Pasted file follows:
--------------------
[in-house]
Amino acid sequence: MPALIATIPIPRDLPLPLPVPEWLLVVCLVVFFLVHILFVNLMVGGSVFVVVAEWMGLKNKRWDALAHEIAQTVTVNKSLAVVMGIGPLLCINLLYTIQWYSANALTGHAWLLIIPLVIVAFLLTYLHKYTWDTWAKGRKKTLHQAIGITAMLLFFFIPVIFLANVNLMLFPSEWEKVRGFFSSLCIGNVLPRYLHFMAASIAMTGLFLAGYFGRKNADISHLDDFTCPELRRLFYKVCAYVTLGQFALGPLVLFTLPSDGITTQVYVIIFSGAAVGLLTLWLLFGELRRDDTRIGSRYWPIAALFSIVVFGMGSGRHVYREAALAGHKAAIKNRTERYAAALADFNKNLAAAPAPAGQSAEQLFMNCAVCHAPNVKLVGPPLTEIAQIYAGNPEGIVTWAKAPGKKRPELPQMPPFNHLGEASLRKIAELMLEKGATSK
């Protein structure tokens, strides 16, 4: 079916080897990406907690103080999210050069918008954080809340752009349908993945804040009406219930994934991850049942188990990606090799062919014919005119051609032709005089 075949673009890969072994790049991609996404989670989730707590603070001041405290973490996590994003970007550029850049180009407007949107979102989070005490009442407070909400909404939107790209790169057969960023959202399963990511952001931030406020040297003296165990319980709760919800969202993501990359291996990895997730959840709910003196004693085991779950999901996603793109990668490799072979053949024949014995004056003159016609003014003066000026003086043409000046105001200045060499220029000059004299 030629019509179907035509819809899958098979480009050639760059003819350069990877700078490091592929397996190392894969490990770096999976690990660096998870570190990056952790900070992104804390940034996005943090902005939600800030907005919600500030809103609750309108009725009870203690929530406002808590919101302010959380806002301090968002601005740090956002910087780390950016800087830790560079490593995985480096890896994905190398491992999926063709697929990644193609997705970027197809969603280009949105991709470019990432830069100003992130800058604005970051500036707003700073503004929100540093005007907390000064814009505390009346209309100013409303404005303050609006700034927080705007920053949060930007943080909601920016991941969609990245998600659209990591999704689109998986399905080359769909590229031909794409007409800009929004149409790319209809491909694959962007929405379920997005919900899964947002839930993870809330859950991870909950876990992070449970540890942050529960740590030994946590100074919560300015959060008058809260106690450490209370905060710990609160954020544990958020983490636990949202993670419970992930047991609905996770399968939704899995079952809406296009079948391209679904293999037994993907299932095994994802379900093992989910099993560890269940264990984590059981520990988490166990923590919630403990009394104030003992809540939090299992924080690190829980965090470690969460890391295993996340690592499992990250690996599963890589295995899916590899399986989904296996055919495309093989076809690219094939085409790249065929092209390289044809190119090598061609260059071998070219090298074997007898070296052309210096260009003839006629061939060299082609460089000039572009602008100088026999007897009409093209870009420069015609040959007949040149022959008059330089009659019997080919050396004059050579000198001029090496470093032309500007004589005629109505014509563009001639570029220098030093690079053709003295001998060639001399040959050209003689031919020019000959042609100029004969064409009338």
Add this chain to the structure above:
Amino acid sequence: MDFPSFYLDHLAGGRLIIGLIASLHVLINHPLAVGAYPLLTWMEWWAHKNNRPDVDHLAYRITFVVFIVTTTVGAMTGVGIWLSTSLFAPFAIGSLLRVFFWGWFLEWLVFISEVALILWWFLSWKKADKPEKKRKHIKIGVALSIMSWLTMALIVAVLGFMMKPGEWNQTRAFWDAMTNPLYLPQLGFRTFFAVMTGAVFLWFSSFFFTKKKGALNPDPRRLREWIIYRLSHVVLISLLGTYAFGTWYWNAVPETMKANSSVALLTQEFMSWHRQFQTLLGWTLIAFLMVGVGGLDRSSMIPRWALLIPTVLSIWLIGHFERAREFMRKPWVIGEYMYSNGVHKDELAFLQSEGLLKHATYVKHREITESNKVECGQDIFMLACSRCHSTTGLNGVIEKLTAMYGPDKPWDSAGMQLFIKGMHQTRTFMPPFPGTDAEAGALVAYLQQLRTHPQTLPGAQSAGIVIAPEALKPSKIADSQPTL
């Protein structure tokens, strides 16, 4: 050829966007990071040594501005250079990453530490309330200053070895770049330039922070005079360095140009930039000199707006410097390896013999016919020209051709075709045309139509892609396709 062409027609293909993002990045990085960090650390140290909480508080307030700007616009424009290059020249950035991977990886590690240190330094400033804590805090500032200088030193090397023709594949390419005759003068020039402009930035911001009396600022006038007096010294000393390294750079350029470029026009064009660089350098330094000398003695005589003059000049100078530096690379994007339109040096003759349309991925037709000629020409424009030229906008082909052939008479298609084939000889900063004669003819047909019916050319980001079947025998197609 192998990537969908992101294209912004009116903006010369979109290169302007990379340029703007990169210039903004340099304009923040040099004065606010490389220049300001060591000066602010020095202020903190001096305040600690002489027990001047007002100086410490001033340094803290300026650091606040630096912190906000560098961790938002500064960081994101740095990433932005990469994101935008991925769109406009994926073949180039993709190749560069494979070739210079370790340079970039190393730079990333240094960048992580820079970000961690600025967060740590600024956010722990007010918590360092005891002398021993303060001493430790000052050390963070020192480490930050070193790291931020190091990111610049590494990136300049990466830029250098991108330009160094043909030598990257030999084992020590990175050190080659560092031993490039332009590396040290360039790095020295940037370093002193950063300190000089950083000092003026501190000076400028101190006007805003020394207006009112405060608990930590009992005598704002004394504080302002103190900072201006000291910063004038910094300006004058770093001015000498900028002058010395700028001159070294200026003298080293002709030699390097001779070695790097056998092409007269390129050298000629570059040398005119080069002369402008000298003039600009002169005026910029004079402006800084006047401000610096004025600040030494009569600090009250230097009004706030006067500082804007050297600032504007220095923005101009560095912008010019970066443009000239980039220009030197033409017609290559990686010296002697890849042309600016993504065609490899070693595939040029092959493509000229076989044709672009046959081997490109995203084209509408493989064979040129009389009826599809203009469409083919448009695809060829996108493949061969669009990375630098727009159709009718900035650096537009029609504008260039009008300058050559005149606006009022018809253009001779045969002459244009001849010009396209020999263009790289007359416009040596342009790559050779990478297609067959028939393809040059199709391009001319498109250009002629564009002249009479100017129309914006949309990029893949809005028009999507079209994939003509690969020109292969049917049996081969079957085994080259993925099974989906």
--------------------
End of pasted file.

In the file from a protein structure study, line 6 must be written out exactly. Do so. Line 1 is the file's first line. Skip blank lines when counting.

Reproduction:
């Protein structure tokens, strides 16, 4: 050829966007990071040594501005250079990453530490309330200053070895770049330039922070005079360095140009930039000199707006410097390896013999016919020209051709075709045309139509892609396709 062409027609293909993002990045990085960090650390140290909480508080307030700007616009424009290059020249950035991977990886590690240190330094400033804590805090500032200088030193090397023709594949390419005759003068020039402009930035911001009396600022006038007096010294000393390294750079350029470029026009064009660089350098330094000398003695005589003059000049100078530096690379994007339109040096003759349309991925037709000629020409424009030229906008082909052939008479298609084939000889900063004669003819047909019916050319980001079947025998197609 192998990537969908992101294209912004009116903006010369979109290169302007990379340029703007990169210039903004340099304009923040040099004065606010490389220049300001060591000066602010020095202020903190001096305040600690002489027990001047007002100086410490001033340094803290300026650091606040630096912190906000560098961790938002500064960081994101740095990433932005990469994101935008991925769109406009994926073949180039993709190749560069494979070739210079370790340079970039190393730079990333240094960048992580820079970000961690600025967060740590600024956010722990007010918590360092005891002398021993303060001493430790000052050390963070020192480490930050070193790291931020190091990111610049590494990136300049990466830029250098991108330009160094043909030598990257030999084992020590990175050190080659560092031993490039332009590396040290360039790095020295940037370093002193950063300190000089950083000092003026501190000076400028101190006007805003020394207006009112405060608990930590009992005598704002004394504080302002103190900072201006000291910063004038910094300006004058770093001015000498900028002058010395700028001159070294200026003298080293002709030699390097001779070695790097056998092409007269390129050298000629570059040398005119080069002369402008000298003039600009002169005026910029004079402006800084006047401000610096004025600040030494009569600090009250230097009004706030006067500082804007050297600032504007220095923005101009560095912008010019970066443009000239980039220009030197033409017609290559990686010296002697890849042309600016993504065609490899070693595939040029092959493509000229076989044709672009046959081997490109995203084209509408493989064979040129009389009826599809203009469409083919448009695809060829996108493949061969669009990375630098727009159709009718900035650096537009029609504008260039009008300058050559005149606006009022018809253009001779045969002459244009001849010009396209020999263009790289007359416009040596342009790559050779990478297609067959028939393809040059199709391009001319498109250009002629564009002249009479100017129309914006949309990029893949809005028009999507079209994939003509690969020109292969049917049996081969079957085994080259993925099974989906």